What is a Gruden Grinder? New Raiders coach explains

ORLANDO, Fla. -- The Oakland Raiders have signed 15 free agents since the start of the NFL's new league year March 14. They have re-signed four players, tendered all five of their exclusive-rights free agents, traded two players, flipped two of their six sixth-round draft picks into a pair of fifth-rounders and released another.

And that's not counting the moves Oakland made just before free agency began.

Truly, no team has been busier in free agency than the Raiders have been under Jon Gruden, with an assist to general manager Reggie McKenzie.

And yet ...

The biggest acquisition the Raiders have signed is receiver Jordy Nelson, who turns 33 on May 31 and is coming off a subpar season in which he caught 53 passes for 482 yards and six touchdowns.

Indeed, with the likes of running back Doug Martin, fullback Keith Smith, linebacker Tahir Whitehead, cornerback Rashaan Melvin, safety Marcus Gilchrist and offensive lineman Breno Giacomini, the Raiders have seemed to fill their roster with complementary pieces rather than centerpieces.

Yes, with Gruden Grinders.

So what, exactly, is a Gruden Grinder? I asked Gruden on Monday at the NFL owners meetings.

"I just like guys who love to play," Gruden told me. "Guys that will compete. Guys that will play for nothing. We haven't signed a lot of household names around the league, but we, I think, have brought in guys that are going to be consistent, everyday grinders, man. Guys that are going to compete their ass off and fight for inches and know what to do and set a tone.

"And I think that's important your first year, that you bring in some foundation players that can help you do that. So, yeah, I'm excited, man."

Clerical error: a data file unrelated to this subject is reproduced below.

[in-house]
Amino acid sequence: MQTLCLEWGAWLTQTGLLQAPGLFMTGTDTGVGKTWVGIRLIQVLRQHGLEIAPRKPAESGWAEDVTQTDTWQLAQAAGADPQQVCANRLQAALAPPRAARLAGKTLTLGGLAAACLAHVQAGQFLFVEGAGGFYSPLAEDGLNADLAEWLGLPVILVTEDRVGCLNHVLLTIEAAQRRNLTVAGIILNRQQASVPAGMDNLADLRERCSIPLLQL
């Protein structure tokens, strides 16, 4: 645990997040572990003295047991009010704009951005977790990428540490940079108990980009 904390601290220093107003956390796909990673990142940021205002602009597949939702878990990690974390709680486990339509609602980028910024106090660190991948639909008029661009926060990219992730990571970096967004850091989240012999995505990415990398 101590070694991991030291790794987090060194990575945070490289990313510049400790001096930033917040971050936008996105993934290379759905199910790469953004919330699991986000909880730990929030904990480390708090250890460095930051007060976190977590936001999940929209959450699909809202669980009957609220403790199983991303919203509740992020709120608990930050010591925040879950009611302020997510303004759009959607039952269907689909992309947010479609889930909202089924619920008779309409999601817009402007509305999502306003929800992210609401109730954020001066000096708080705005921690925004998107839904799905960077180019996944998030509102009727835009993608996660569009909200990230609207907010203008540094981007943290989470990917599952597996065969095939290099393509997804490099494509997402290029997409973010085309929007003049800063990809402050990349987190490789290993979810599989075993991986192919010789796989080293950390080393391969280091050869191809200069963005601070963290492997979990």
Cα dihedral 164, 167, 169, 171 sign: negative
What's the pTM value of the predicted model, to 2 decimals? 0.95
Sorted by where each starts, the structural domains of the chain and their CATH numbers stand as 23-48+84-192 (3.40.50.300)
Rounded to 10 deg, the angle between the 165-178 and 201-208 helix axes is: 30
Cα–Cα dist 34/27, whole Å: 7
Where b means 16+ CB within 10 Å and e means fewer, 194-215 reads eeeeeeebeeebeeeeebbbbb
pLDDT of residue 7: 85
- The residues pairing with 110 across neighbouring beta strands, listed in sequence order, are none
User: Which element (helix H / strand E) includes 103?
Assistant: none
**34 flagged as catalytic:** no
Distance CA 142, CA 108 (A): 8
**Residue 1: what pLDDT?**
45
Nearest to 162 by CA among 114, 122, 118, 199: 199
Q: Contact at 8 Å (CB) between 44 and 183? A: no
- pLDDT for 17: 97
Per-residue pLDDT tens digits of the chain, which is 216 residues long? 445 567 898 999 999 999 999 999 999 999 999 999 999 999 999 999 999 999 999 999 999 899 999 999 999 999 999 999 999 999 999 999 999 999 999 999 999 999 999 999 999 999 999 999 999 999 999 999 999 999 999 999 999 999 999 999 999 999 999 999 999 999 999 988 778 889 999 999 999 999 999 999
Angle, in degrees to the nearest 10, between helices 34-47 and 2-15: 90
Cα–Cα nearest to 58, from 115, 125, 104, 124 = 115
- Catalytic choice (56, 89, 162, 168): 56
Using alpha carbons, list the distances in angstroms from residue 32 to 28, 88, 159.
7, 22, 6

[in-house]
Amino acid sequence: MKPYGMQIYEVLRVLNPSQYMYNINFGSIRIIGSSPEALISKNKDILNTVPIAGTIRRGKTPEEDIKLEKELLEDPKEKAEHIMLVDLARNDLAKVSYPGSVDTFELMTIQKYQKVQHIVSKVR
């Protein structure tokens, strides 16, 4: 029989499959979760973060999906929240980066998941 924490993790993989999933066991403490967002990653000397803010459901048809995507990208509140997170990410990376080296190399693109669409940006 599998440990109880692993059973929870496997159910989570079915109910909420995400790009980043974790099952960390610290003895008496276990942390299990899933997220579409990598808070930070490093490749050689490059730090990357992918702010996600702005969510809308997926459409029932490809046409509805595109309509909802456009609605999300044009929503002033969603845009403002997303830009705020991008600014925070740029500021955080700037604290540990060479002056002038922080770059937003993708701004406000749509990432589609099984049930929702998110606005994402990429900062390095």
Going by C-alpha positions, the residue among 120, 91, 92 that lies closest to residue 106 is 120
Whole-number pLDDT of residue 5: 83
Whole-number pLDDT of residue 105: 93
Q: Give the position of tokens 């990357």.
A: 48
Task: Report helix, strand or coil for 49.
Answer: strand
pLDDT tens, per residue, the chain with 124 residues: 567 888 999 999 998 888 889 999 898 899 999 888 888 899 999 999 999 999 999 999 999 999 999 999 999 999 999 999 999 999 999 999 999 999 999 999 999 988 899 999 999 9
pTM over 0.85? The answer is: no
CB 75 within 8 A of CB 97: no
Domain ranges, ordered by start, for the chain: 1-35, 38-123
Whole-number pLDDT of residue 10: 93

Then bring on receiver Griff Whalen, who actually signed before the new league year, tight end Derek Carrier, long-snapper Andrew DePaola, special-teams ace/linebacker Kyle Wilber, defensive end Tank Carradine, quarterback Josh Johnson, cornerback Shareece Wright and linebacker Emmanuel Lamur.

Not to mention re-signed defensive tackle Justin Ellis, tight end Lee Smith, quarterback EJ Manuel and free safety Reggie Nelson, who is very familiar with new defensive coordinator Paul Guenther from their time together in Cincinnati.

Raiders general manager Reggie McKenzie's job description may have altered a bit with the arrival of Gruden, though he insists he is enjoying it.

"The one thing about Gruden, I know exactly what he wants, which is great," McKenzie said. "I know exactly what his system, with (defensive coordinator Paul) Guenther, and I know exactly the kind of players they want at each and every position. That makes my job, really, a lot easier. Instead of trying to figure out what works best."

Was that, then, a problem with Jack Del Rio?

"Well, no, no, not to say that," McKenzie said. "But the communication is constant (now) and I'm not talking with just Coach Gruden. I'm talking about the entire staff and it's well received."

Still, middle linebacker NaVorro Bowman remains unsigned -- McKenzie said the Raiders want him back -- and there is something else troubling Gruden.

This whole hurry-up-and-wait game provided by the CBA that was instituted after Gruden last coached a game in 2008 has Gruden wringing his hands, what with the no-football-talk allowed between coach and player.

At least, not until April 9.

"We're making progress," Gruden said. "I like where we are. We've got a long way to go, but it's been tough, man. I've been head coach 65 to 70 days and I haven't been able to even meet my players yet.

"It's a challenge for all the new coaches, especially. Yeah, you've got to get over it. But you know, you have to come in, you have to evaluate the players, and you're not able to really ask them, 'Hey, why'd you do that? Or, 'Hey, what happened on this play?' And you've got to make some tough decisions. It's been uncomfortable; it's been uneasy. But I'm not the only one."